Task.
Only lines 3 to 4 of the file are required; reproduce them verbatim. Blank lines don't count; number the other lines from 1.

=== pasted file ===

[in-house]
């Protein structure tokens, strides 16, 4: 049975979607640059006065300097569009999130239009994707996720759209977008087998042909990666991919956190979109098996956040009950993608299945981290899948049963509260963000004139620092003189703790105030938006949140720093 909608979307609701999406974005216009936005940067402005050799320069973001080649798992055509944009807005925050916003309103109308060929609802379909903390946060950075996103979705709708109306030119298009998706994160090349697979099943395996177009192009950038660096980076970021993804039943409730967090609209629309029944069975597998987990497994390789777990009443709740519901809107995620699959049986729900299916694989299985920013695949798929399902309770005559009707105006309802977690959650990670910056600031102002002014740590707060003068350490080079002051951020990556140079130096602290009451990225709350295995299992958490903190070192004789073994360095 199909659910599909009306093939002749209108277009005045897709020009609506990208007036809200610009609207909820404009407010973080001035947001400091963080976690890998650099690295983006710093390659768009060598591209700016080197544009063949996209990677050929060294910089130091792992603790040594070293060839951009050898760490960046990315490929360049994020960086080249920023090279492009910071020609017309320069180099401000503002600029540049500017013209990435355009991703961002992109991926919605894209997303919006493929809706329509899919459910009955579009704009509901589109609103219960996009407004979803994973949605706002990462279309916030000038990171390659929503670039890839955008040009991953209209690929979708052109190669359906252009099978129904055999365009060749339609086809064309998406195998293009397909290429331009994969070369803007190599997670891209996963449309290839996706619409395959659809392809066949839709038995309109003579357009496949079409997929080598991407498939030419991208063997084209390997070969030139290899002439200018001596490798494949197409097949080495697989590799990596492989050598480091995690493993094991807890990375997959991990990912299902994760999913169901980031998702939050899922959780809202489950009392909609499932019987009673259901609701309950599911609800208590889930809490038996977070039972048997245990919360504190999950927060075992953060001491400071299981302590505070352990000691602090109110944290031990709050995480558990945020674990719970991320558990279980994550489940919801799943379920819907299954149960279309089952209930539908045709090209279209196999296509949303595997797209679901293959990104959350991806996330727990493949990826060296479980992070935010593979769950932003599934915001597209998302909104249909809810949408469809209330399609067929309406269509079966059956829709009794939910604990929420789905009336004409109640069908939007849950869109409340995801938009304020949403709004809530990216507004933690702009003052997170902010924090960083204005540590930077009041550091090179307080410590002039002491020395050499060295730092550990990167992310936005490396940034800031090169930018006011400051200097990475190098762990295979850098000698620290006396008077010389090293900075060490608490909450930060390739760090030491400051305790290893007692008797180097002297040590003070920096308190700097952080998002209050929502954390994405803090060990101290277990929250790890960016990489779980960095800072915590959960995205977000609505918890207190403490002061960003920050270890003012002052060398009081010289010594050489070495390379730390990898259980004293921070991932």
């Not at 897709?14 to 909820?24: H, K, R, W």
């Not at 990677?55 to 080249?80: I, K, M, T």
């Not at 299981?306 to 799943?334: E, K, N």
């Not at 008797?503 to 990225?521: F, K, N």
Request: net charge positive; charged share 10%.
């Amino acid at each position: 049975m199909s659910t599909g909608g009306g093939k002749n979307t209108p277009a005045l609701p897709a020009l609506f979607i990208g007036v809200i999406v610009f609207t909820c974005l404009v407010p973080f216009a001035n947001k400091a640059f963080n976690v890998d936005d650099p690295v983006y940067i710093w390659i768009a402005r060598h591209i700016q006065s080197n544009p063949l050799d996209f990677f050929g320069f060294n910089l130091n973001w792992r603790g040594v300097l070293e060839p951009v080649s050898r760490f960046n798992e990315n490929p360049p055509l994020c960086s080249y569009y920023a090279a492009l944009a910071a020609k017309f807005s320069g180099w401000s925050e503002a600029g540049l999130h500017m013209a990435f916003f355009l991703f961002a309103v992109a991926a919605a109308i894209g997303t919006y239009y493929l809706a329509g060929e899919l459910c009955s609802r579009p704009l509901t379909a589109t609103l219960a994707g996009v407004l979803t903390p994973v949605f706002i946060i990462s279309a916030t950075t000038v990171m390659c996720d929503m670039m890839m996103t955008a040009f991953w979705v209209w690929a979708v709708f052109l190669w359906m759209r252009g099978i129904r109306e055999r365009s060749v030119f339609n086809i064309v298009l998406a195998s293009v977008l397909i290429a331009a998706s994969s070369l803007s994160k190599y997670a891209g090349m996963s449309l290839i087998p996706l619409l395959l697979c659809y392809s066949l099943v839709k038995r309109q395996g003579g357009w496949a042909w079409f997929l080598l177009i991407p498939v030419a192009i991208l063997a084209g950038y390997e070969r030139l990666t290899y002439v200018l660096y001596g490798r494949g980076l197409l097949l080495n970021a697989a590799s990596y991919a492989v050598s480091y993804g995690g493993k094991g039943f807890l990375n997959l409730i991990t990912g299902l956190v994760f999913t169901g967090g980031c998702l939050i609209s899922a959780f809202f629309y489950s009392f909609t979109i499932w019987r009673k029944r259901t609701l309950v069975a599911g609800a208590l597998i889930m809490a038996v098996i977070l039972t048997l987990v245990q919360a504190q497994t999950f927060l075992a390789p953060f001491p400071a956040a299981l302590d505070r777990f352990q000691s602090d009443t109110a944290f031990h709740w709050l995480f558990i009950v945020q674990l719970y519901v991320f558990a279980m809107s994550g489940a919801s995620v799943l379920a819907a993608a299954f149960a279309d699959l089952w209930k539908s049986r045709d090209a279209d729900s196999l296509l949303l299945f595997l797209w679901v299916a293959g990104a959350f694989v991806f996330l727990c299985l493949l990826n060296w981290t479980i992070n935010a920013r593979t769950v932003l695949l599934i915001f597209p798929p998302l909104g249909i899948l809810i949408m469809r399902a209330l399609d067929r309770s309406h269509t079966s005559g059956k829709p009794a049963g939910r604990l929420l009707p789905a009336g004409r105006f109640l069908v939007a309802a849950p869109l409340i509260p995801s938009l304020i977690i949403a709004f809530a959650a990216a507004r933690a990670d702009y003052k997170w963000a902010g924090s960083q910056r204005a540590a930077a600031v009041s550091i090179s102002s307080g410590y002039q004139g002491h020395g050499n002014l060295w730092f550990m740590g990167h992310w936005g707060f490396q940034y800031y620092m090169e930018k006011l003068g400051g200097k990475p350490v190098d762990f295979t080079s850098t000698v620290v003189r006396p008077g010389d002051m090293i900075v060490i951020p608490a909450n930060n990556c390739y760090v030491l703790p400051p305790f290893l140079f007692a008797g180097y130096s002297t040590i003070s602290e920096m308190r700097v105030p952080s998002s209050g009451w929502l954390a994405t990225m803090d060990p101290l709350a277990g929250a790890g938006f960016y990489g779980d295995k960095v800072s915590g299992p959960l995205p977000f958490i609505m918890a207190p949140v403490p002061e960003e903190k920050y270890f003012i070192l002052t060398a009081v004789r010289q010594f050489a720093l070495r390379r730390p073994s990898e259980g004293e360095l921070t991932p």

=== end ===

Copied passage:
């Not at 897709?14 to 909820?24: H, K, R, W």
């Not at 990677?55 to 080249?80: I, K, M, T």